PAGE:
The purpose of this paper is to understand the needs of humanists with respect to information and communication technology (ICT) in order to prescribe the design of an e‐humanist's workbench.
A web‐based survey comprising over 60 questions gathered the following data from 169 humanists: profile of the humanist, use of ICT in teaching, e‐texts, text analysis tools, access to and use of primary and secondary sources, and use of collaboration and communication tools.
Humanists conduct varied forms of research and use multiple techniques. They rely on the availability of inexpensive, quality‐controlled e‐texts for their research. The existence of primary sources in digital form influences the type of research conducted. They are unaware of existing tools for conducting text analyses, but expressed a need for better tools. Search engines have replaced the library catalogue as the key access tool for sources. Research continues to be solitary with little collaboration among scholars.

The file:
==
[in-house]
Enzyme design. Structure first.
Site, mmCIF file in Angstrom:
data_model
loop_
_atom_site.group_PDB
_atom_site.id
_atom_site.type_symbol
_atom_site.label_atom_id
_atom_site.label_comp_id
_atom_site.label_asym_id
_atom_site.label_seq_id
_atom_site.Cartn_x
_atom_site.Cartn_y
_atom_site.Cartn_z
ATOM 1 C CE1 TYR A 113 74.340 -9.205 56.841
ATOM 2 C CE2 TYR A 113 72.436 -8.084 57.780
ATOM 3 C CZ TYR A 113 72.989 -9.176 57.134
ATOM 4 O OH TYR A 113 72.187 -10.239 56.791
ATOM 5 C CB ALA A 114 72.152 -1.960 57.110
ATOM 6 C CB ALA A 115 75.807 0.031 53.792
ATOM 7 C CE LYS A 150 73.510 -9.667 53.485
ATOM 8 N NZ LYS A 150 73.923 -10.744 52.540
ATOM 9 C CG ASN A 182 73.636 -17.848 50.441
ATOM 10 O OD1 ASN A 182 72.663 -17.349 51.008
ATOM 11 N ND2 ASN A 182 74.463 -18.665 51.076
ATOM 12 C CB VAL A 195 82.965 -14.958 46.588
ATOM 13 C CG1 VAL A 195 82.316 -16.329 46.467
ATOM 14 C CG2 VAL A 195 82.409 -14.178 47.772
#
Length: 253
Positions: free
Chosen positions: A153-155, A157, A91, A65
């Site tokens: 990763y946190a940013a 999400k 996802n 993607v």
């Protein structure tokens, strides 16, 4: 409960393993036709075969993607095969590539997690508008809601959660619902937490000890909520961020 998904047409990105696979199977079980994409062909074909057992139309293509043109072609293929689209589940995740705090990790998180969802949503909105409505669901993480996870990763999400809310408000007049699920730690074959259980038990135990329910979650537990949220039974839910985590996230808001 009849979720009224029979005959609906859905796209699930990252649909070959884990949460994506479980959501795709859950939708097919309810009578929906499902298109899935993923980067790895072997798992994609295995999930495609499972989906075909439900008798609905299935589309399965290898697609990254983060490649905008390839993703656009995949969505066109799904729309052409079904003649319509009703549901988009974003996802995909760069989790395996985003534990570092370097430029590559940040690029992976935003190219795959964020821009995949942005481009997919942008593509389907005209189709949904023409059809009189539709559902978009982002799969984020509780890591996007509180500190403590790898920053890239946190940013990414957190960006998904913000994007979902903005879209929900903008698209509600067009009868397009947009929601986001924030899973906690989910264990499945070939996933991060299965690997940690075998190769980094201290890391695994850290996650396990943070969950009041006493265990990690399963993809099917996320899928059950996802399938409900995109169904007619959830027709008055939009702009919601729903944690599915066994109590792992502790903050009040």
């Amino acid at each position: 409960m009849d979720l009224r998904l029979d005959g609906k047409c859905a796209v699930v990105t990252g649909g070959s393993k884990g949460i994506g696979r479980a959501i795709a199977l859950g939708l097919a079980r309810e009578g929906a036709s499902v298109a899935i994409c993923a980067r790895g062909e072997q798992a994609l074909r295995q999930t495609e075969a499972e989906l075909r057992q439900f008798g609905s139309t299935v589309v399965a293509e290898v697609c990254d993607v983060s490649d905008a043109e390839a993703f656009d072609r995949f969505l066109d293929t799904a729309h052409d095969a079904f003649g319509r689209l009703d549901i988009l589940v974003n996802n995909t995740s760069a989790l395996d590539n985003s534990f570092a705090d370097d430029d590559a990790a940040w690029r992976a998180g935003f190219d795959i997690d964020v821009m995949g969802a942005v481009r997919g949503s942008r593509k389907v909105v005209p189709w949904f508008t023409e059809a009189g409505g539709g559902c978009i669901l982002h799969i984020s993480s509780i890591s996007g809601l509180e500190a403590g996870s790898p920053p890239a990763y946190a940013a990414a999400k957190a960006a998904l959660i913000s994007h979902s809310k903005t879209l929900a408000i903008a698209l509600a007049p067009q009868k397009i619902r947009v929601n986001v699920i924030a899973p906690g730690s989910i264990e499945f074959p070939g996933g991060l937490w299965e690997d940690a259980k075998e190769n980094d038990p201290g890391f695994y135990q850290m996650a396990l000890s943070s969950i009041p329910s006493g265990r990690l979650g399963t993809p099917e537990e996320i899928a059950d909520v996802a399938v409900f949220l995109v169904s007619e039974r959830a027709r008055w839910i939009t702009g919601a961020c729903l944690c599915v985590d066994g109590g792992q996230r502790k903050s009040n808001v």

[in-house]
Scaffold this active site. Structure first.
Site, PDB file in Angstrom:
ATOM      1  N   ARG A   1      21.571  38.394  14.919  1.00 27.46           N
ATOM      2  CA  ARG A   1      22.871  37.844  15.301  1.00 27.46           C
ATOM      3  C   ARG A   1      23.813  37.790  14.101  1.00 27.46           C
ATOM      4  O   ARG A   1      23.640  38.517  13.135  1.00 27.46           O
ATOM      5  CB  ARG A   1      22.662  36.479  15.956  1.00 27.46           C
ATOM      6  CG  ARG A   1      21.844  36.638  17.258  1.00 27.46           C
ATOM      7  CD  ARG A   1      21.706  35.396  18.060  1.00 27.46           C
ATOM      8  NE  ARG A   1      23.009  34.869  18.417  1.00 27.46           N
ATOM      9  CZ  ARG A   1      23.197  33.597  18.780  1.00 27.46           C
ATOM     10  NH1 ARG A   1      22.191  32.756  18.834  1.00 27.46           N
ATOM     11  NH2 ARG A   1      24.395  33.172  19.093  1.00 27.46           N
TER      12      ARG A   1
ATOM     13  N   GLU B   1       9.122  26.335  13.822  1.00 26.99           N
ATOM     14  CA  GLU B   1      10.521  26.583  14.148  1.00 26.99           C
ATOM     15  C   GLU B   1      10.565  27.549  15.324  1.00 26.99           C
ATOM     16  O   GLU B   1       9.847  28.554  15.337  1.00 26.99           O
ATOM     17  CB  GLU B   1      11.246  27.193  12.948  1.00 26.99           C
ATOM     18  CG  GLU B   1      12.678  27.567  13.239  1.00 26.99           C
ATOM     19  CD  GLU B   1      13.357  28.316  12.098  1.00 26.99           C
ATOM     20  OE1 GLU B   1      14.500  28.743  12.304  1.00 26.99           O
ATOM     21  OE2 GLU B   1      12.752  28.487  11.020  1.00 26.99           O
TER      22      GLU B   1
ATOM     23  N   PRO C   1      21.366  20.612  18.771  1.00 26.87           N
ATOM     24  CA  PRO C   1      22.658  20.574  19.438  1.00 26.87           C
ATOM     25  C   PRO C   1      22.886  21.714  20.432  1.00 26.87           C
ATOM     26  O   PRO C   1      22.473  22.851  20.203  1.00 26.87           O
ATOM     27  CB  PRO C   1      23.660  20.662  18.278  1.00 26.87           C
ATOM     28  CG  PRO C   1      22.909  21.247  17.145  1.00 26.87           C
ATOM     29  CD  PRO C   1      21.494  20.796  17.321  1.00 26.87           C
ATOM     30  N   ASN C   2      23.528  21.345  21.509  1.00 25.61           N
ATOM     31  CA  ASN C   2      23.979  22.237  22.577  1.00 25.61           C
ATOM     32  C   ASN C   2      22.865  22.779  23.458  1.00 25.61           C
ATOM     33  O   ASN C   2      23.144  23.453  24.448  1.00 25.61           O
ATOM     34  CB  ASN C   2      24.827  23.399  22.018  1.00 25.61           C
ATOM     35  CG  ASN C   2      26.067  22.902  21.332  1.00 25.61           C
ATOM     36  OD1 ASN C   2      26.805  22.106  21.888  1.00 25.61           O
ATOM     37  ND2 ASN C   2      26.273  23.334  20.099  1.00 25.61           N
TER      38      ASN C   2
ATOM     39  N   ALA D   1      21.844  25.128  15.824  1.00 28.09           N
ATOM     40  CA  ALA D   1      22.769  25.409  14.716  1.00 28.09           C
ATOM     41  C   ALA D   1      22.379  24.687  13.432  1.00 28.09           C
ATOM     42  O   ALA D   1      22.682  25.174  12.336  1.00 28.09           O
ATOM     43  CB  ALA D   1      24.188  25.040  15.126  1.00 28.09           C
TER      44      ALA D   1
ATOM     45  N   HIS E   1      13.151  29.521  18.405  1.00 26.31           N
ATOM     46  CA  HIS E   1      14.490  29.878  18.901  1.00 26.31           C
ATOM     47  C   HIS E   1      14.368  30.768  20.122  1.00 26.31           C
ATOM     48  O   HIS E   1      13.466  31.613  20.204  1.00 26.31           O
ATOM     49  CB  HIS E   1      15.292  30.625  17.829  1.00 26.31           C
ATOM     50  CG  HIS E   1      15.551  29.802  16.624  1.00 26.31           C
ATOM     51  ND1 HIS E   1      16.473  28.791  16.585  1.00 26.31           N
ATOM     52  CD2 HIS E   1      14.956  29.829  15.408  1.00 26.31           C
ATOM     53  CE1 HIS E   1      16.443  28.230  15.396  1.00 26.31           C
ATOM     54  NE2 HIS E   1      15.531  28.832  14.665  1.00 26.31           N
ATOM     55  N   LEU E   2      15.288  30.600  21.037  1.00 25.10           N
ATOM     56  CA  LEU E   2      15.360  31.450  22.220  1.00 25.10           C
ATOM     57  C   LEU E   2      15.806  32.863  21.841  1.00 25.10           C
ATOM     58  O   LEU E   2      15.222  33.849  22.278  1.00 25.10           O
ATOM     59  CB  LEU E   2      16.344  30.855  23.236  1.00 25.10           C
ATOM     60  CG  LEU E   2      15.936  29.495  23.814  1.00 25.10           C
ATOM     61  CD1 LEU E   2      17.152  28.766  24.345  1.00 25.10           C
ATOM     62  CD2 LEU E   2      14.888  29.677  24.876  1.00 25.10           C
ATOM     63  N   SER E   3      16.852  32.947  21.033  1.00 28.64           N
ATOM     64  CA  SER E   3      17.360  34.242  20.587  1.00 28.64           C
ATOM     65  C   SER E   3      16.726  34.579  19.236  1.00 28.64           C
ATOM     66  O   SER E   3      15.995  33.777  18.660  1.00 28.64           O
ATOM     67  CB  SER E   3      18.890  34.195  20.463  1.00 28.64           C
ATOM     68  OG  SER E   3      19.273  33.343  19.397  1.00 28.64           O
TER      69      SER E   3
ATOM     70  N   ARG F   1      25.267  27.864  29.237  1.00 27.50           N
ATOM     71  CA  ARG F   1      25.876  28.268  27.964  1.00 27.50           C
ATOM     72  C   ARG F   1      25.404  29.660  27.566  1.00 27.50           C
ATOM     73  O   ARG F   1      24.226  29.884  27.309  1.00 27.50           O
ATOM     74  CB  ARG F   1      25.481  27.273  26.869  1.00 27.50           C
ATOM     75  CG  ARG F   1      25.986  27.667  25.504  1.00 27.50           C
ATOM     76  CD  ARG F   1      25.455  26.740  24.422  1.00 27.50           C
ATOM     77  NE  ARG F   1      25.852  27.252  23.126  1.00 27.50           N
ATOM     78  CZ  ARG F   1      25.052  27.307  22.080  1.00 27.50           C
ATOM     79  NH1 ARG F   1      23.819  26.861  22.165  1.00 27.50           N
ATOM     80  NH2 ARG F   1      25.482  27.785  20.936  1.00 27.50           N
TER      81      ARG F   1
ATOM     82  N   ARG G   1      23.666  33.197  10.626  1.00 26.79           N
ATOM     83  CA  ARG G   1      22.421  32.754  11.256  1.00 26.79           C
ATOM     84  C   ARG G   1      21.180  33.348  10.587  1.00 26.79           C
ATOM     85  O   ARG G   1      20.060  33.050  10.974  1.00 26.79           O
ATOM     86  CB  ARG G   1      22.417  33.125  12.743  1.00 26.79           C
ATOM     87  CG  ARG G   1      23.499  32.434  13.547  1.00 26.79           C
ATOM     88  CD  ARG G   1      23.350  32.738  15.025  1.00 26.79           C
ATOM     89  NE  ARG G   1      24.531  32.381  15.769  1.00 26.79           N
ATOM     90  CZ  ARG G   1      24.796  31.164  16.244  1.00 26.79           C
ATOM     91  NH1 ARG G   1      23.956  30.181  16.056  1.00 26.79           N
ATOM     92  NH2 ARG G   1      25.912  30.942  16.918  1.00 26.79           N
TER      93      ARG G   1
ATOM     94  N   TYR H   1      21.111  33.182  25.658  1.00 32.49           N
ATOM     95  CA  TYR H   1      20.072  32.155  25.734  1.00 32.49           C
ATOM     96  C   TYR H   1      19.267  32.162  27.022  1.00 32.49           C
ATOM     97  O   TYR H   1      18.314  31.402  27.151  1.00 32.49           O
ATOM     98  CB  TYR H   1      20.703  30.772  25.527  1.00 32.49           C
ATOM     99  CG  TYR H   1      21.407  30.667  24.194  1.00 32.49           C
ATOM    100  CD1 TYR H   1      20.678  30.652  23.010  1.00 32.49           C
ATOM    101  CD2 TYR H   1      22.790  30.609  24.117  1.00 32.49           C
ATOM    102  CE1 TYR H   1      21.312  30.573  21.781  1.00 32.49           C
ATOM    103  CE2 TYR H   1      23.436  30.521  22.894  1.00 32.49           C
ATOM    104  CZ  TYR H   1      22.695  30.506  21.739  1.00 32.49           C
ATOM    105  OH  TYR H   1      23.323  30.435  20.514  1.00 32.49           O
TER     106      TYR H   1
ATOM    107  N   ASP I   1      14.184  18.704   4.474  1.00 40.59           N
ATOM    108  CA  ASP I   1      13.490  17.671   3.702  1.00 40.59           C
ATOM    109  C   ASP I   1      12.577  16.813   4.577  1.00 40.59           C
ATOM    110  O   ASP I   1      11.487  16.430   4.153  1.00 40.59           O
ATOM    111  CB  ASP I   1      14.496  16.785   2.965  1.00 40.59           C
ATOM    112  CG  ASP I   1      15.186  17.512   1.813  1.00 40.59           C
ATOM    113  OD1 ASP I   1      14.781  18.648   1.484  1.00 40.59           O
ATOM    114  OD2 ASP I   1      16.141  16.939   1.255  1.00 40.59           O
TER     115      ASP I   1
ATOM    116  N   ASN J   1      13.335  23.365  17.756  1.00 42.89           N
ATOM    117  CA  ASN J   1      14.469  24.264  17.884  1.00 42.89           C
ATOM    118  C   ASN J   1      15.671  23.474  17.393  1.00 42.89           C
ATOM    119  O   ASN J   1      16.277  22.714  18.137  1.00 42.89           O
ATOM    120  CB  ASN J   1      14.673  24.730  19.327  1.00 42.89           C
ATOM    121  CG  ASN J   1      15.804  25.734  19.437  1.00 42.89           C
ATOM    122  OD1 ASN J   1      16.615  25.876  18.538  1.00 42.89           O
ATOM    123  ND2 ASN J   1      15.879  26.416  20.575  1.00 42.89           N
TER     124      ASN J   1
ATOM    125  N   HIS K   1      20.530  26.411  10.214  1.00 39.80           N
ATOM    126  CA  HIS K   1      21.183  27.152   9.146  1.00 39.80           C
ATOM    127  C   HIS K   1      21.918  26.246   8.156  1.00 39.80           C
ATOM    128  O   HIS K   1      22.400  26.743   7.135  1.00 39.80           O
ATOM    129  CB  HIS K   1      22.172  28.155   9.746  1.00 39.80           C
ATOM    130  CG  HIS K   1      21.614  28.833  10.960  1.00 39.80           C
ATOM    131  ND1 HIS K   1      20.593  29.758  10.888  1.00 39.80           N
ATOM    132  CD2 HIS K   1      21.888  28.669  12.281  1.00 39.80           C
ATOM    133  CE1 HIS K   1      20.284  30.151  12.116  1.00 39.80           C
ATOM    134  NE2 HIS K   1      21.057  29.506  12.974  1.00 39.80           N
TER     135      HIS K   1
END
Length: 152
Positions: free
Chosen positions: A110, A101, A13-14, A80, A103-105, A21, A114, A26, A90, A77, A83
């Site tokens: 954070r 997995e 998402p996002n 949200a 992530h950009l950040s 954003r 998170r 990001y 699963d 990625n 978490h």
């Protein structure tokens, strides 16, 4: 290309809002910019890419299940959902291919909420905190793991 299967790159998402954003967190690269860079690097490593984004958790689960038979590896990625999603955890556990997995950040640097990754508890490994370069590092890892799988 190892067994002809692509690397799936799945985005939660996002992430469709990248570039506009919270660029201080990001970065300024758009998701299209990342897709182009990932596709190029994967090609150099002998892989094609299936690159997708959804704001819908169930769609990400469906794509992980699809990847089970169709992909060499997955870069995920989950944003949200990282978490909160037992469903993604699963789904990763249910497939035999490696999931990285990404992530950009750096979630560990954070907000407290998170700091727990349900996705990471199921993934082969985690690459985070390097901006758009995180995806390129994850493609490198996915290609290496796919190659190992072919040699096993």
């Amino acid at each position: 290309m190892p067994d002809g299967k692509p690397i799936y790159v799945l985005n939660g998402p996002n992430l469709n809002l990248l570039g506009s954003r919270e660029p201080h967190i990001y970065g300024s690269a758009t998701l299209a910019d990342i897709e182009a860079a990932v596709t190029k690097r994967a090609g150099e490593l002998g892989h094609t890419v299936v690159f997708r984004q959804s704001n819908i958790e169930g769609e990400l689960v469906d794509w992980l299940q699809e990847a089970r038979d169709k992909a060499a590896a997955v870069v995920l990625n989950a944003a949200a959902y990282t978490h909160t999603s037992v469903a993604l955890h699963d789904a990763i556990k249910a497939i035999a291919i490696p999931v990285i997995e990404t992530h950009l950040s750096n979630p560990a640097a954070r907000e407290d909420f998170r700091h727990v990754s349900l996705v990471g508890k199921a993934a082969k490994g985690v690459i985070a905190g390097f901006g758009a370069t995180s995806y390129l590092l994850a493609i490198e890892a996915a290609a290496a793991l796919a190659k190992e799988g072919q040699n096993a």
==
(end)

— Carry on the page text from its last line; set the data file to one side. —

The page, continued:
The results are based on a self‐selected sample of humanists who responded to a web‐based survey. Future research needs to examine the work of the scholar at a more detailed level, preferably through observation and/or interviewing.
The findings support a five‐part framework that could serve as the basis for the design of an e‐humanist's workbench.
The paper examines the needs of the humanist, founded on an integration of information science research and humanities computing for a more comprehensive understanding of the humanist at work.
Toms, E.G. and O'Brien, H.L. (2008), "Understanding the information and communication technology needs of the e‐humanist", Journal of Documentation, Vol. 64 No. 1, pp. 102-130. https://doi.org/10.1108/00220410810844178Download as .RIS
Emerald Group Publishing Limited
Copyright © 2008, Emerald Group Publishing Limited